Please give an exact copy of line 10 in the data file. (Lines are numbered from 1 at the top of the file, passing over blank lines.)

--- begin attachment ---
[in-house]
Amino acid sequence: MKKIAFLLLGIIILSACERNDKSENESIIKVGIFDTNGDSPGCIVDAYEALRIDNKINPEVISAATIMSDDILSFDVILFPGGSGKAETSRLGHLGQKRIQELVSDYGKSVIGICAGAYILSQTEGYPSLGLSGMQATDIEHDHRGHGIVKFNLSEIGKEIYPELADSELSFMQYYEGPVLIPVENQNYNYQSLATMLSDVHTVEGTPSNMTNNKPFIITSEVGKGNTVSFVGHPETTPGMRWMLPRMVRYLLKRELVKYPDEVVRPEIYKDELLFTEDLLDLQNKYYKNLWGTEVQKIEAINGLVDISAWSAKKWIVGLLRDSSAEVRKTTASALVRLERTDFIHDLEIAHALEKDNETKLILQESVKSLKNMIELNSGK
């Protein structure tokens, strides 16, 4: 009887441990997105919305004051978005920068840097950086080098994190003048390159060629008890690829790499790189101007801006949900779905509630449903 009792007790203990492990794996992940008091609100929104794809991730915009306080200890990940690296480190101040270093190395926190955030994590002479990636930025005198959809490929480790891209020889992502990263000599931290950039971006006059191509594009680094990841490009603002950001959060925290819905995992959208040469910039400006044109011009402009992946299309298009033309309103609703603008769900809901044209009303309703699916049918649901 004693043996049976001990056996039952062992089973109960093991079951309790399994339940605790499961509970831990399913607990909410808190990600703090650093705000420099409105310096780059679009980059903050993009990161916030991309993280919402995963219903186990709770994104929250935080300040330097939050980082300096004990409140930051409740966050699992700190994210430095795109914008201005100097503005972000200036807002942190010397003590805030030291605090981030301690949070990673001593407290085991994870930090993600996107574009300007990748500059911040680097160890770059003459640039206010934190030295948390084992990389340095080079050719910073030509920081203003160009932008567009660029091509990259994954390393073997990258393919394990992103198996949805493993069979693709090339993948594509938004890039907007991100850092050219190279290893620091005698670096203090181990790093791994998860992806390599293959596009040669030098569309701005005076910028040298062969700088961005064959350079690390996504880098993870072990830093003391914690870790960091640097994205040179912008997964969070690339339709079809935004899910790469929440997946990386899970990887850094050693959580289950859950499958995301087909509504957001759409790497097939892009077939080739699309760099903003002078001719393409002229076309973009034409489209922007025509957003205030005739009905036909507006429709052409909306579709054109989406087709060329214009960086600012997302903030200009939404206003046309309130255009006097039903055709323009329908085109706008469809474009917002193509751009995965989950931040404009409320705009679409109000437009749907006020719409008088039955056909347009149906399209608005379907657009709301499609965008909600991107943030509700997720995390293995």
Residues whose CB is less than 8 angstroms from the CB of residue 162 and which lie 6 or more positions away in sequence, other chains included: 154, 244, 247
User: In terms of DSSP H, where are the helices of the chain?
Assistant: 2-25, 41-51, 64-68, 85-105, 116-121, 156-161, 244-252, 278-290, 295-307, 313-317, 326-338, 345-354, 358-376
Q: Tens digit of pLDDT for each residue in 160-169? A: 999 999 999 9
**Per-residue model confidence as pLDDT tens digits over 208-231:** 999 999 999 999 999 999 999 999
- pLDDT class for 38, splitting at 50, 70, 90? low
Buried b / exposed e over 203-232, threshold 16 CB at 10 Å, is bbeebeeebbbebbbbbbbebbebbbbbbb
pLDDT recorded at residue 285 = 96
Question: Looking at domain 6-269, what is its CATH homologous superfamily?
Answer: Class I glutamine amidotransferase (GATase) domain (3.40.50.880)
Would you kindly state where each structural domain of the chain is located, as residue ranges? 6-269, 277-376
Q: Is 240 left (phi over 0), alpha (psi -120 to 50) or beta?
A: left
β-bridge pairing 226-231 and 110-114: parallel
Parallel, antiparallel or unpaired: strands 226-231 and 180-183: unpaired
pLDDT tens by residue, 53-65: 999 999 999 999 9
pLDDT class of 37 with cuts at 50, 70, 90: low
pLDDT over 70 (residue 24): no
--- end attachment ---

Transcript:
Buried b / exposed e over 203-232, threshold 16 CB at 10 Å, is bbeebeeebbbebbbbbbbebbebbbbbbb